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" Ling and Lan ... thwaite Hill "

Date & start time: 29th and 30th December 2013.

Location of Start 1 : Roadside above Wythop Village, Cumbria, Uk ( NY 183 290 )

Places visited : Ling Fell via Burthwaite.

Walk details :   1.9 mls,  650 ft of ascent, 1.5 hours approx.including a summit wander.

Location of Start 2 : The NT car park, Scale Hill, Loweswater, Uk ( NY 149 215 )

Places visited : Lanthwaite Hill, the Boathouse and Lanthwaite Woods

Walk details :   1.85 mls,  450 ft of ascent, 1 hour approx.

Weather : Nice day for her, grotty the next day for him.  Harry enjoyed both days !


 " Ling and Lan ... thwaite Hill " at EveryTrail

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Yin and Yang . . . black and white . . . chalk and cheese . . . closely tied together. 

The weather seems to be doing the same thing here. One day it is fine, the next day belting with rain.

We'd feel a little browned off but the rest of the country is suffering in just the same way, so sit back and enjoy the contrasting photos!

First the long straw where Ann has the chance of a fine walk on Ling Fell.

The light and shade on the Lakeland fells are always a pleasure to behold.

Sale Fell today was no exception.

Skiddaw has a dusting of snow.

In the foreground new trees have been planted on the slopes of Burthwaite Heights and the slopes of Sale Fell are to the left.

Harry ascending the side of Ling Fell.

It is steeper than it looks . . . a pleasant but steady pull up to the summit.

The view east from the summit ridge.

Sale Fell in the foreground, the Skiddaw massif in the background and Broom Fell to the right.

The visibility is superb today and Skiddaw even has its own small cloud above the summit.

Harry and myself at the trig point,

with Binsey and Bassenthwaite Lake seen clearly behind us.

We walked to the edge to linger awhile and take in the view across Wythop Moss towards Broom Fell.

Grisedale Pike, in the far distance above Widow's Hause, is hazy in the afternoon sun.

Looking towards the west coast and the Loweswater fells.

Leaving the trig point, we're now on our way back down,

Harry taking time out to enjoy a chew on a stick.

He is probably as relieved as I am that we managed a day of sunshine

and for once are not going to arrive home soaking wet and windblown !

- - - o o o - - -

Meanwhile . . . back home in the garden . . .

Christmas lights reflected in the double glazing confuses the camera focus slightly

but here's one of our two red squirrels enjoying his breakfast.

A clearer close up through an open window.
Suspended by his hind legs . . . should he go or should he stay ?

The attraction was too great . . . he stayed a while longer.

The overnight rains, combined with the well soaked ground of the last few weeks,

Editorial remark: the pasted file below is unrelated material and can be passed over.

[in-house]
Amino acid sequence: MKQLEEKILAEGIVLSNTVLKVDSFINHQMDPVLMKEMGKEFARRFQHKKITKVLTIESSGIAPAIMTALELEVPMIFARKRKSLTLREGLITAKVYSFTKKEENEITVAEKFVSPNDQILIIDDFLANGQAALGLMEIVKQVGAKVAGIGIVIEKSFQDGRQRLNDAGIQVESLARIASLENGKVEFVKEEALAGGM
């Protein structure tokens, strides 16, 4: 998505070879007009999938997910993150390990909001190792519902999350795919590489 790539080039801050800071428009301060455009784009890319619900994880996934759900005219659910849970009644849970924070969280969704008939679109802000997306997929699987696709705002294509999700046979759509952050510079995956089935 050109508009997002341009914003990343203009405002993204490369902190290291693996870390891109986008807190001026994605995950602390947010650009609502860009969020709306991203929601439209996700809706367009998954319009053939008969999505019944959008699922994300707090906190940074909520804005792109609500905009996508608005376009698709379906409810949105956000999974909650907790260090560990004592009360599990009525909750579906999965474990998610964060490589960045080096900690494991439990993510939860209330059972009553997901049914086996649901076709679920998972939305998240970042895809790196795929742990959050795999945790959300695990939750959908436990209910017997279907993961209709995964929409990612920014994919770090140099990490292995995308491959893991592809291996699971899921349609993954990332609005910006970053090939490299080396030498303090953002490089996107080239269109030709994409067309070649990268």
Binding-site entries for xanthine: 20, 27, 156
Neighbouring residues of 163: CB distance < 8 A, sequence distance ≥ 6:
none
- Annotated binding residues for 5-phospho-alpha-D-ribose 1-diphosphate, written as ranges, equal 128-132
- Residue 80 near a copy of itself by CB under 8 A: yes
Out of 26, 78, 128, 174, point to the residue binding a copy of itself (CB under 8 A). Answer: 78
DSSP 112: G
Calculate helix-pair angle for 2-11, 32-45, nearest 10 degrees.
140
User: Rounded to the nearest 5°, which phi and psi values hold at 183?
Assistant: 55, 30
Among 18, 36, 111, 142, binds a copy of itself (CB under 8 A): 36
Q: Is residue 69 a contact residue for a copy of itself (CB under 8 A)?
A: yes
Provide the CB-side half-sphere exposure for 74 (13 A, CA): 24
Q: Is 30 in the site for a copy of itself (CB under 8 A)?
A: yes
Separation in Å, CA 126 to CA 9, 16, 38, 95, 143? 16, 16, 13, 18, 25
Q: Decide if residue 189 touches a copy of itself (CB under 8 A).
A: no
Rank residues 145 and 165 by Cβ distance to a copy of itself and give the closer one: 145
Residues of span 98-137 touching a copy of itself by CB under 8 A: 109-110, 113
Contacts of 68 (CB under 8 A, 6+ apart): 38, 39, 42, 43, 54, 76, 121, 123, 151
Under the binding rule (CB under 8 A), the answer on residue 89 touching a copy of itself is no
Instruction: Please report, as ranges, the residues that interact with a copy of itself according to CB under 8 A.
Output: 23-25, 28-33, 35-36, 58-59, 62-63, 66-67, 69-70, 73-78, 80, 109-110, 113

has caused the River Cocker to overflow its banks and flood the fields again.

The river gauge hut is high and dry on its raised plinth,

the 2009 flood level  being represented

by the slate plaque on the left of the building.

- - - o o o - - -

With poor light and just my phone

I grab the best view I can of the flooded fields.

Looking down the length of Lorton Vale.

There has been a lot of water on the roads but it has drained away well and few fields are flooded for long.

A rather damp view across to Grasmoor and the various buildings at Lanthwaite Green.

Note how the white water of Gasgale Gill stands out boldly today.

The summit of Lanthwaite Hill and Harry has a stick which he has carried most of the way up.

Another damp looking view as we traverse around the back of the hill.

Whiteside this time rather than Grasmoor.

The two streams that drain this area take an interesting course as they flow down to the lake.

A blocked stream bed forces this stream towards me.
It travels down one side of the wall, its partner is on the other side.
Eventually they join in the darkness of the forest.
. . . and flood out into the lake.

A gentle breeze ruffles the lake . . . a far cry from recent storms by the look of the shoreline debris.

The calmness of the lake hides the high water level . . . this is why the fields are flooded.

The weir is almost underwater and the path to the bridge knee deep in the flood.

Workmen's fences still adorn the area, but renovations to the weir have been put on hold till the water recedes.

The gentle curve near the bathing pool is a swirling mass of fast moving water.

It holds no attractions today . . . let's get back home for a nice pot of tea !

- - - o o o - - -


Technical note: Pictures taken with either Ann's Canon SX220 (in the sun), my Nikon Coolpix P520 (in garden) or my Samsung mobile (in the rain).

Resized in Photoshop, and built up on a Dreamweaver web builder.

This site best viewed with . . . a photographic device of some sort in hand.

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Previous walk - 25th Dec 2013 - Barrow Fell for Christmas Day

A previous time at the weir - 28th May 2011 Crummock and a Geocache

Next walk - 31st Dec 2013 - Back from Cinderdale ~ New Year's Eve